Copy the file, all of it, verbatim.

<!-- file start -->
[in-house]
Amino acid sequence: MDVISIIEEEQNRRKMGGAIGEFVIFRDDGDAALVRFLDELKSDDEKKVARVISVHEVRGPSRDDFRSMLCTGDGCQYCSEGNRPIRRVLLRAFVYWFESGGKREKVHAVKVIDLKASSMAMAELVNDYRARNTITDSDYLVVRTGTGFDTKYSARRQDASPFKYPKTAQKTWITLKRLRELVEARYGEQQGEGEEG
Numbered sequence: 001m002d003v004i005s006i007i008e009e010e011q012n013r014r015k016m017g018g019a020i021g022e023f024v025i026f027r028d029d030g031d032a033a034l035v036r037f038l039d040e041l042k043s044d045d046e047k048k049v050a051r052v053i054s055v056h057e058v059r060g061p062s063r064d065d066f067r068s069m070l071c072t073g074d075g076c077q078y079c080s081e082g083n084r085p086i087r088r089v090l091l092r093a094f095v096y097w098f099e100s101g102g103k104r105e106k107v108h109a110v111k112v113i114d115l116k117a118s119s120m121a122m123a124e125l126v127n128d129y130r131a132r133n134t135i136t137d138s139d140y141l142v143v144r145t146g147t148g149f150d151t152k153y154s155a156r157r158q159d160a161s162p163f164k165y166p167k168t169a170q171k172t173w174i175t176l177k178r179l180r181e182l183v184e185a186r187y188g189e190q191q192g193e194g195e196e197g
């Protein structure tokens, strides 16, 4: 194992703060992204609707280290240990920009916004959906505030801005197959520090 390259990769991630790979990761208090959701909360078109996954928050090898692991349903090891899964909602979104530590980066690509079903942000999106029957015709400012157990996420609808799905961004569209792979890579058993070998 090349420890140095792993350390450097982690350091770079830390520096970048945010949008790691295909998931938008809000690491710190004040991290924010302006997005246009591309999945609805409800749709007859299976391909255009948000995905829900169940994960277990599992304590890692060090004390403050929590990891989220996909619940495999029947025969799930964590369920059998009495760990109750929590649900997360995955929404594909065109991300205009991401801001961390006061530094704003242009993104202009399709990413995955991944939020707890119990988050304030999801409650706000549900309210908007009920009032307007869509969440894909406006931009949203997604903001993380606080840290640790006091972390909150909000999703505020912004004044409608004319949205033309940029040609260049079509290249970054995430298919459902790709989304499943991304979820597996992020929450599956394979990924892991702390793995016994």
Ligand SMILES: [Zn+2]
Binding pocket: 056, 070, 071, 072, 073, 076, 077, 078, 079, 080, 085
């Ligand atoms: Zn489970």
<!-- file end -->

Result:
[in-house]
Amino acid sequence: MDVISIIEEEQNRRKMGGAIGEFVIFRDDGDAALVRFLDELKSDDEKKVARVISVHEVRGPSRDDFRSMLCTGDGCQYCSEGNRPIRRVLLRAFVYWFESGGKREKVHAVKVIDLKASSMAMAELVNDYRARNTITDSDYLVVRTGTGFDTKYSARRQDASPFKYPKTAQKTWITLKRLRELVEARYGEQQGEGEEG
Numbered sequence: 001m002d003v004i005s006i007i008e009e010e011q012n013r014r015k016m017g018g019a020i021g022e023f024v025i026f027r028d029d030g031d032a033a034l035v036r037f038l039d040e041l042k043s044d045d046e047k048k049v050a051r052v053i054s055v056h057e058v059r060g061p062s063r064d065d066f067r068s069m070l071c072t073g074d075g076c077q078y079c080s081e082g083n084r085p086i087r088r089v090l091l092r093a094f095v096y097w098f099e100s101g102g103k104r105e106k107v108h109a110v111k112v113i114d115l116k117a118s119s120m121a122m123a124e125l126v127n128d129y130r131a132r133n134t135i136t137d138s139d140y141l142v143v144r145t146g147t148g149f150d151t152k153y154s155a156r157r158q159d160a161s162p163f164k165y166p167k168t169a170q171k172t173w174i175t176l177k178r179l180r181e182l183v184e185a186r187y188g189e190q191q192g193e194g195e196e197g
């Protein structure tokens, strides 16, 4: 194992703060992204609707280290240990920009916004959906505030801005197959520090 390259990769991630790979990761208090959701909360078109996954928050090898692991349903090891899964909602979104530590980066690509079903942000999106029957015709400012157990996420609808799905961004569209792979890579058993070998 090349420890140095792993350390450097982690350091770079830390520096970048945010949008790691295909998931938008809000690491710190004040991290924010302006997005246009591309999945609805409800749709007859299976391909255009948000995905829900169940994960277990599992304590890692060090004390403050929590990891989220996909619940495999029947025969799930964590369920059998009495760990109750929590649900997360995955929404594909065109991300205009991401801001961390006061530094704003242009993104202009399709990413995955991944939020707890119990988050304030999801409650706000549900309210908007009920009032307007869509969440894909406006931009949203997604903001993380606080840290640790006091972390909150909000999703505020912004004044409608004319949205033309940029040609260049079509290249970054995430298919459902790709989304499943991304979820597996992020929450599956394979990924892991702390793995016994």
Ligand SMILES: [Zn+2]
Binding pocket: 056, 070, 071, 072, 073, 076, 077, 078, 079, 080, 085
């Ligand atoms: Zn489970």